or funerals and also from health schemes. Costs were also being
affected even when the work was contracted out to small farmers
as in the sugar industry, where because the sugar cane was being
cared for less well as a result of the impact of HIV/AIDS it took
more tonnes of sugar cane to make a tonne of refined sugar.
82. This examination of the impact of HIV/AIDS on
the agriculture sector clearly demonstrates the need for national
ministries of agriculture and donors to reassess how best to support
agriculture and rural livelihoods. Jacques du Guerny argued that
"it would be important to make specific efforts to improve
data collection in rural areas, since 60 to 70 per cent of the
total population of many African countries are there".
We recommend that UNAIDS coordinate surveys of HIV incidence
and prevalence in rural areas to improve understanding of the
rural aspects of the epidemic. We are concerned that at present
there is too much reliance on data collected from ante natal clinics,
thus reinforcing an urban bias to data since rural areas are less
well served by such infrastructure. Similarly, further research
is needed into the various ways in which HIV/AIDS is spreading
in and affecting different sorts of agricultural community.
83. Jacques du Guerny believed that to date HIV/AIDS
programmes have been inadequately targeted on rural areas, "There
have been a number of efforts but they tend to be small-scale
like NGOs, etcetera. They have very limited access and resources.
Up to now there has been a tendency to focus more on urban areas.
We need to balance it more because urban and rural areas are so
interlinked, it does not make sense just to work on one side".
We recommend that DFID comment on the claim that HIV/AIDS interventions
have been too urban-based to date and give details of those rural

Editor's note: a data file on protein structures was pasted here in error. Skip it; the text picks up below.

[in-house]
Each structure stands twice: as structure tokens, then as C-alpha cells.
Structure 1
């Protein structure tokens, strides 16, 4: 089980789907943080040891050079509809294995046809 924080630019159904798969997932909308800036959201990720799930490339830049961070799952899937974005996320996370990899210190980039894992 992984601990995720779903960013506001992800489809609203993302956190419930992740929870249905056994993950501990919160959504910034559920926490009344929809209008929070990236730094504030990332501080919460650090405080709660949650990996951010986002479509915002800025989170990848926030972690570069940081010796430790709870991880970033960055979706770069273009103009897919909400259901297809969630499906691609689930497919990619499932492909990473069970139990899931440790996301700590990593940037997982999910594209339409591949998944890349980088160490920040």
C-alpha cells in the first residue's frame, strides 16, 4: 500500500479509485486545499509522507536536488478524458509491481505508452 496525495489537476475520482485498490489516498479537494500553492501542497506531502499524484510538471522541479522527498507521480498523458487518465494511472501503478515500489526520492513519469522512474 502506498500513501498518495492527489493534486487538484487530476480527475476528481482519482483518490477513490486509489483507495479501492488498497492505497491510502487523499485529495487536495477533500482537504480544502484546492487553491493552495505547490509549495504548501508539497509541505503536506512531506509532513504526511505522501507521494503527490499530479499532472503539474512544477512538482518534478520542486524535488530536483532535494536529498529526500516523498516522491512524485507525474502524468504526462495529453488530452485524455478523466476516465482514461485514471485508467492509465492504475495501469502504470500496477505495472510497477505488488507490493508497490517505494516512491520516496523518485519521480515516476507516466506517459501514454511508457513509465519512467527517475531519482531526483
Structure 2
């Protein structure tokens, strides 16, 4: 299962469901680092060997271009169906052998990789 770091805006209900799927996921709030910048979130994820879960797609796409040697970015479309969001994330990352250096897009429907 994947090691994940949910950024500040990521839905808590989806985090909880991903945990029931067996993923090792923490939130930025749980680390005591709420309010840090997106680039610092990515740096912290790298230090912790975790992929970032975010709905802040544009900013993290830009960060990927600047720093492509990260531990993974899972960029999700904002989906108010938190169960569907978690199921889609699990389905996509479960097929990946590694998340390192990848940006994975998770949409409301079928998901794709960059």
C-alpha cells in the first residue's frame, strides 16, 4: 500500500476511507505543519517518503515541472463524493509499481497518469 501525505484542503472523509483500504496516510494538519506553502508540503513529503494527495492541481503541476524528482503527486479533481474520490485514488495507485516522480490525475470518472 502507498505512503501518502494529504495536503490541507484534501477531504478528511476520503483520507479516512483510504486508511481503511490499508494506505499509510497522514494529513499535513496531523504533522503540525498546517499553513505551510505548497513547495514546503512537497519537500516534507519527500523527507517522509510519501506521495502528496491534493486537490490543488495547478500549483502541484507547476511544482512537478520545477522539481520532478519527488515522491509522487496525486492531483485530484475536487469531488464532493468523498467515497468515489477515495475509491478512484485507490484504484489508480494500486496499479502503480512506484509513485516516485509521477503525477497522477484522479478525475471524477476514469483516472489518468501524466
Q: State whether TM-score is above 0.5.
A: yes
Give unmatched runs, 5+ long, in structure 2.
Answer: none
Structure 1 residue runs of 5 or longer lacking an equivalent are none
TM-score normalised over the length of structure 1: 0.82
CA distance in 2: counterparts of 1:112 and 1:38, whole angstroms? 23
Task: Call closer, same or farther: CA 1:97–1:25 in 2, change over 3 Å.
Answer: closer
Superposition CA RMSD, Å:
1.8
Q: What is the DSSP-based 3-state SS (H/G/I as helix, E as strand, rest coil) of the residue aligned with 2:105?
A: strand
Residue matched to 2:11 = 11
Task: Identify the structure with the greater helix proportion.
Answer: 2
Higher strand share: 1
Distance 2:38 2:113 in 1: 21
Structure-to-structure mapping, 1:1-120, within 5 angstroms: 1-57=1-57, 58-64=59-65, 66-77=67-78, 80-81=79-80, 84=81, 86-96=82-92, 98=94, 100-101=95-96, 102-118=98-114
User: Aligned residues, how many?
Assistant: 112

and agricultural projects currently supported by DFID which have
the tackling of HIV/AIDS as a primary component.
84. The evidence from Jacques du Guerny points to
a number of ways that development needs to be 'rethought'. He
said, "I think at this stage whether it is agricultural policies
and programmes, whether it is educational policies and programmes,
in the strongly affected countries they have to be reconsidered,
it cannot be business as usual".
Of central importance is the rethinking of strategies by Ministries
of Agriculture. The FAO clearly has a role in encouraging such
a process but we were told that it was difficult, "for an
agency like the FAO to barge ahead in the area of AIDS if the
member states at the FAO Conference do not give instructions in
We recommend that MAFF advocate a clear mandate for the FAO
in combatting HIV/AIDS and assist the FAO in consideration of
how best to support Ministries of Agriculture faced with high
85. We would also bring a number of other matters
to the attention of DFID, recommending their inclusion in DFID's
HIV/AIDS strategy and their promotion in dealings with other donors
and national governments:
- education policies should be reviewed to provide
rural children at a younger age with marketable skills, agricultural
knowledge, survival and income-generating skills for city life
- human resources in Ministries of Agriculture
should be reviewed urgently to minimise the impact of the loss
of skilled workers to HIV/AIDS. Adaptable civil service systems
will be necessary to adapt and shorten chains of command
and technical assistance may well be needed
- rural credit should be developed to prevent
destitution and there should be consideration of land tenure systems
- the legal and human rights of women, children
and the HIV-positive require attention and protection in rural